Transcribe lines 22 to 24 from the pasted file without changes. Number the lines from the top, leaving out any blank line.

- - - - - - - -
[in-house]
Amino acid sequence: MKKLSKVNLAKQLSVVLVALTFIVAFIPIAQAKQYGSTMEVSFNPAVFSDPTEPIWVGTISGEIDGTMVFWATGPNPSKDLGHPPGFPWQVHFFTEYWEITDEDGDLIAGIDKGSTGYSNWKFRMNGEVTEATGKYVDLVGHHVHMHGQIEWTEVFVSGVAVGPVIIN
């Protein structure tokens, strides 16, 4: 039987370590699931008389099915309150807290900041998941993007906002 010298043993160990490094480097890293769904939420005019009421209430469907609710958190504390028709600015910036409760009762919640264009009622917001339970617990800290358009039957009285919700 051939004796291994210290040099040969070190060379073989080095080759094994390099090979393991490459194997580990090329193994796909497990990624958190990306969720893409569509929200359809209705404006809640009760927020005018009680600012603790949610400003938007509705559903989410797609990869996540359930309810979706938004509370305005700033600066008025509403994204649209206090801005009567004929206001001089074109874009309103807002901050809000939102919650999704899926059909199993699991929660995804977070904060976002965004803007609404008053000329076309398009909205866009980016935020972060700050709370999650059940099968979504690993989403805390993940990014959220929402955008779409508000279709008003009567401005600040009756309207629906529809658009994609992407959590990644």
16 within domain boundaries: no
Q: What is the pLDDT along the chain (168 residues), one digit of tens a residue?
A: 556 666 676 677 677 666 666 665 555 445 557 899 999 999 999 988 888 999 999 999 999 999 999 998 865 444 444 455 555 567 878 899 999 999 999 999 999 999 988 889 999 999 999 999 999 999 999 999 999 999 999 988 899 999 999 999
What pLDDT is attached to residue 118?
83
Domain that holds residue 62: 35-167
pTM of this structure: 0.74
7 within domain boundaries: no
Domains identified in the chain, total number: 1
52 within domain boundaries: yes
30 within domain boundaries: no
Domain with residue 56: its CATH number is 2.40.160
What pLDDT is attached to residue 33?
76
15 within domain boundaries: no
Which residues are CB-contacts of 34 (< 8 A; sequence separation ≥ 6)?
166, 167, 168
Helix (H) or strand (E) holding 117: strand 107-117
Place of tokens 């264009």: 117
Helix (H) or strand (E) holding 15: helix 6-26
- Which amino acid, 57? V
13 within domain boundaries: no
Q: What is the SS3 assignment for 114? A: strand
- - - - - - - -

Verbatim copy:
Place of tokens 């264009």: 117
Helix (H) or strand (E) holding 15: helix 6-26
- Which amino acid, 57? V